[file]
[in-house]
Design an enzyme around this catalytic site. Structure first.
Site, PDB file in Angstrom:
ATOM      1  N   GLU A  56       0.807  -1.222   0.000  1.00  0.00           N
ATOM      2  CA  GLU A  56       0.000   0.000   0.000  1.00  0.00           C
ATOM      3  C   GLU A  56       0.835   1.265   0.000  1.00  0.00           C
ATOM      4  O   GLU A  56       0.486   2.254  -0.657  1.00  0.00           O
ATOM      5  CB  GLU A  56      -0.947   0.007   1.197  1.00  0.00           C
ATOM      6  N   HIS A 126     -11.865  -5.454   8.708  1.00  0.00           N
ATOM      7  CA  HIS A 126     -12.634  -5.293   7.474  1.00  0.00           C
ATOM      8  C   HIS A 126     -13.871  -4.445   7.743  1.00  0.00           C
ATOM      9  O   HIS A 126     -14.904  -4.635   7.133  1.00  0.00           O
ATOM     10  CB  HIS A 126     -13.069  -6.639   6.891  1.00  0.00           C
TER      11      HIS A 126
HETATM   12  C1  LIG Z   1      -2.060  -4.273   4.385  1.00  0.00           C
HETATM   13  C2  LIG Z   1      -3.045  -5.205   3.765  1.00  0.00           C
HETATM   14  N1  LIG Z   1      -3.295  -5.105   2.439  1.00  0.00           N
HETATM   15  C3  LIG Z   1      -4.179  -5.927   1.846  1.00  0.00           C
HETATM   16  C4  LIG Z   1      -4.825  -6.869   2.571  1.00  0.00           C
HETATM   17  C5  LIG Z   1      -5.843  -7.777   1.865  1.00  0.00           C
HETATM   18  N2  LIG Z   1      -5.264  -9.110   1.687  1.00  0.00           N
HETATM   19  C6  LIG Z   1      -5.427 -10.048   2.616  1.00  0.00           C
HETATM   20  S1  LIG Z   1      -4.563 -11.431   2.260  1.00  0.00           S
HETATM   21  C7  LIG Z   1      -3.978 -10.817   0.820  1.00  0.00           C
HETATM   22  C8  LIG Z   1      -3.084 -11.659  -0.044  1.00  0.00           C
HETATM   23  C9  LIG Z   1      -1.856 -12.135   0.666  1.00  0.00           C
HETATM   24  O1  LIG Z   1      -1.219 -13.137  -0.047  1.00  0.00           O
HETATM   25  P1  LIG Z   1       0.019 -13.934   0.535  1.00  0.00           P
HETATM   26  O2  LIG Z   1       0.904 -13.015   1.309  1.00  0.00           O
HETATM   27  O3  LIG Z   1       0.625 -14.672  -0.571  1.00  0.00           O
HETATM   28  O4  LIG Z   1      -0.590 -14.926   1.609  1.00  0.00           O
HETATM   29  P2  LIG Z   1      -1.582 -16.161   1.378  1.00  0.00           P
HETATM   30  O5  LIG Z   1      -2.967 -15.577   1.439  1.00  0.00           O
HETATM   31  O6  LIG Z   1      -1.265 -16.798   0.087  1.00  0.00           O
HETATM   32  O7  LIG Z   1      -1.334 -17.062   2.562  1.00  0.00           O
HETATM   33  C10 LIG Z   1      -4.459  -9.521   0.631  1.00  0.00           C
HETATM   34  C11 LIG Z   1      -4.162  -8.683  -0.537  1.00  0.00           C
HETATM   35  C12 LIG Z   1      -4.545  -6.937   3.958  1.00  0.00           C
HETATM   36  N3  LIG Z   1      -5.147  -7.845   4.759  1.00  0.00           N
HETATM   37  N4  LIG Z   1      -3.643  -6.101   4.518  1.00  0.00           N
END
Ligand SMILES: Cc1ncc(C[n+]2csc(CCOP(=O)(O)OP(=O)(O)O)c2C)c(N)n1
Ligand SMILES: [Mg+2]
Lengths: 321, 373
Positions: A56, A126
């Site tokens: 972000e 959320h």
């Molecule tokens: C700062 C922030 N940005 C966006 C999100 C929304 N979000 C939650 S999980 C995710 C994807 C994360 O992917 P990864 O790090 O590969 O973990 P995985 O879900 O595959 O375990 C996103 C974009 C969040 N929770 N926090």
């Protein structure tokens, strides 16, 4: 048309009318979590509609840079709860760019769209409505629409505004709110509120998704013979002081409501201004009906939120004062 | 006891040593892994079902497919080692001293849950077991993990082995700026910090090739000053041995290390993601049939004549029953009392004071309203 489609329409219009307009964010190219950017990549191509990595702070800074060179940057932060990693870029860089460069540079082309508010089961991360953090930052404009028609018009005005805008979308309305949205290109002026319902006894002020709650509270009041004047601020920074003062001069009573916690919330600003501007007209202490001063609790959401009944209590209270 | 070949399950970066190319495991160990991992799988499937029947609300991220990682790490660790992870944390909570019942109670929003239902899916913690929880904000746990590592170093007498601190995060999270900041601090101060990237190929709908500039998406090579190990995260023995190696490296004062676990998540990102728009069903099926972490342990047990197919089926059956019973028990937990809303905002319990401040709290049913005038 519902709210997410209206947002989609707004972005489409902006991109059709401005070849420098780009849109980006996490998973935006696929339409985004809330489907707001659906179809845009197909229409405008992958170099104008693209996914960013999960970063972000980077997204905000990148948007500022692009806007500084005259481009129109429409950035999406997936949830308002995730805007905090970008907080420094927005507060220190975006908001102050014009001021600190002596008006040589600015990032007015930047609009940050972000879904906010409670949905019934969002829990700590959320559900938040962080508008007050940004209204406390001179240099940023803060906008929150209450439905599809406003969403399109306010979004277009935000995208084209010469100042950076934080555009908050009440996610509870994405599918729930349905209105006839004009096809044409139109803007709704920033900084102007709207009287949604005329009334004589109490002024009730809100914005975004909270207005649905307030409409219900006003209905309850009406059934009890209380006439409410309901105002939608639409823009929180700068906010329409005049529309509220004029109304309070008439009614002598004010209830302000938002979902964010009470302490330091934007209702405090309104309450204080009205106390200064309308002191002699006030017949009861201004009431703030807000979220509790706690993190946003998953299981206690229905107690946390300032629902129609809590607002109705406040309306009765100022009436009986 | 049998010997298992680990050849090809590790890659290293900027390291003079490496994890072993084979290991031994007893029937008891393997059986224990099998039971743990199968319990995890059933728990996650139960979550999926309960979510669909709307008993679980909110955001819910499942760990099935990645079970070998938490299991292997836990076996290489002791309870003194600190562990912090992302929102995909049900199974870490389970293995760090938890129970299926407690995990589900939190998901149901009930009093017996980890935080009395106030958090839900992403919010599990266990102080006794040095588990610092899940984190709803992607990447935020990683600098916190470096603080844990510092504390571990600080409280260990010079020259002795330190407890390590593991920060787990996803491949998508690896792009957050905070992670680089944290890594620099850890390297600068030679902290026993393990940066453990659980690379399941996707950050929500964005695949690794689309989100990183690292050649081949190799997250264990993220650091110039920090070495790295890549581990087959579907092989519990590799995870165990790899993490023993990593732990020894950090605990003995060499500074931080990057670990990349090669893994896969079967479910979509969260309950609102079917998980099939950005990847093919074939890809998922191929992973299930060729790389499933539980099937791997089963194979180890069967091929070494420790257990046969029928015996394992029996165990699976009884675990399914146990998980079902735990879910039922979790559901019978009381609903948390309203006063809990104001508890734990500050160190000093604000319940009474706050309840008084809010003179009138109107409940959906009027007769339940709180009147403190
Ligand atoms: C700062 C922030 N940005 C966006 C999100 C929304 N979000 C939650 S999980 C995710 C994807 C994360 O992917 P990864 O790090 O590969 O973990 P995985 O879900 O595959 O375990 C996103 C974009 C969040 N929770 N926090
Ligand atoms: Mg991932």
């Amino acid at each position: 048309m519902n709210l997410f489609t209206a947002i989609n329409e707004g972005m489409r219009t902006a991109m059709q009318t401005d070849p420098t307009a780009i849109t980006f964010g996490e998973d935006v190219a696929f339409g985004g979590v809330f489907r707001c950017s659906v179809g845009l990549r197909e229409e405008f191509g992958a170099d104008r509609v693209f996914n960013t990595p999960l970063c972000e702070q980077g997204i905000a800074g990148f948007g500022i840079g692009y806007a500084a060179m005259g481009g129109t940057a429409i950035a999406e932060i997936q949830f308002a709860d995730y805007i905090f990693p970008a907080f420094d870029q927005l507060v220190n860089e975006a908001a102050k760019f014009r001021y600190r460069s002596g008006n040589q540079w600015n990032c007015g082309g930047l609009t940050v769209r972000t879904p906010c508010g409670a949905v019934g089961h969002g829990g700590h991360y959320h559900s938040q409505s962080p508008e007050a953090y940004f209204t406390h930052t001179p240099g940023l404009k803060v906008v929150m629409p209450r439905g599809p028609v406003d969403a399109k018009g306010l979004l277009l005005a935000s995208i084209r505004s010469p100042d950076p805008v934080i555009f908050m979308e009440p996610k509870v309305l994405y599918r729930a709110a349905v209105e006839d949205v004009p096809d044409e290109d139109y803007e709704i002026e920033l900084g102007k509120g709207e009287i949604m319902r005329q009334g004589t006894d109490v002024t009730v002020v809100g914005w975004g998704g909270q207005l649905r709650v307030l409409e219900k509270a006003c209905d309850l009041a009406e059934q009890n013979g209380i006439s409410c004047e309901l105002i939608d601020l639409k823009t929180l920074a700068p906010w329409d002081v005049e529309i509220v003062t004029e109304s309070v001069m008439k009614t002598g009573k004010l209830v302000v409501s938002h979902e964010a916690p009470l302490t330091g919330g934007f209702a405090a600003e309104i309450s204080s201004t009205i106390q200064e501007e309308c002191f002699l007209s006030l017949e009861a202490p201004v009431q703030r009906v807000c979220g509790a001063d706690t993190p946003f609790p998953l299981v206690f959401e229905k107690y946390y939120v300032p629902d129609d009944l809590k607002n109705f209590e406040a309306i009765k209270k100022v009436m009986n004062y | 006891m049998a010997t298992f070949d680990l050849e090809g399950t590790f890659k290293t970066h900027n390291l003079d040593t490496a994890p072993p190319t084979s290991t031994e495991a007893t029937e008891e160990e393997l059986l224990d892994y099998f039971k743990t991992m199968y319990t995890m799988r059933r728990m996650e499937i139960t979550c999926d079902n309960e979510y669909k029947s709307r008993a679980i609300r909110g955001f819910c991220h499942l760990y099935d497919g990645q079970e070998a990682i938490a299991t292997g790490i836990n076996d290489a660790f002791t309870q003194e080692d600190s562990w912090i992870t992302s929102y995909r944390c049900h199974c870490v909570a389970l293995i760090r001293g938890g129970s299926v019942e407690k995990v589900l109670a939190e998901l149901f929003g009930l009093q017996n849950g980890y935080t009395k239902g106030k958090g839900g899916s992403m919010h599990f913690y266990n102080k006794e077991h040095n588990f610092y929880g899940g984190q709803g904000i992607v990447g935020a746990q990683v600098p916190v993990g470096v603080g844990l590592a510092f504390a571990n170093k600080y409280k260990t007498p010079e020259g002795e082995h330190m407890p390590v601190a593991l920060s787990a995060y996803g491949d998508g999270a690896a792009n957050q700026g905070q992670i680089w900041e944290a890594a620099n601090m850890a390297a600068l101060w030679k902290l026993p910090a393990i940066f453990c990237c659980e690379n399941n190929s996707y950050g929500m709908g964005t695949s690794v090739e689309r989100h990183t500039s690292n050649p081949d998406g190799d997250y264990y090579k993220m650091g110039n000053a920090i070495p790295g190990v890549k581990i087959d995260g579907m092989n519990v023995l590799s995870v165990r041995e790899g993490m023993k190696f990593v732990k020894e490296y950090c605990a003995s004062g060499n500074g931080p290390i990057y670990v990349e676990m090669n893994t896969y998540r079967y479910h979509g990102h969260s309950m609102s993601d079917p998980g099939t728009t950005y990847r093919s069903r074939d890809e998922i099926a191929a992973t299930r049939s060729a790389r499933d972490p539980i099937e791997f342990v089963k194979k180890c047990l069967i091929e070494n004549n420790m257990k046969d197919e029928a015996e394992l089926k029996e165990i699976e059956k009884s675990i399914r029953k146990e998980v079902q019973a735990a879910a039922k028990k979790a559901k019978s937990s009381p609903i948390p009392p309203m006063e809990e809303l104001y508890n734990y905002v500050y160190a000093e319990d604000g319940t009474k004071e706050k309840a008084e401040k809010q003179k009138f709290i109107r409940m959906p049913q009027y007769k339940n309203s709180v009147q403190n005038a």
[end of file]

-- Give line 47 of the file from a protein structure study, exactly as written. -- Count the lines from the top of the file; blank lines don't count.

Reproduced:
């Molecule tokens: C700062 C922030 N940005 C966006 C999100 C929304 N979000 C939650 S999980 C995710 C994807 C994360 O992917 P990864 O790090 O590969 O973990 P995985 O879900 O595959 O375990 C996103 C974009 C969040 N929770 N926090």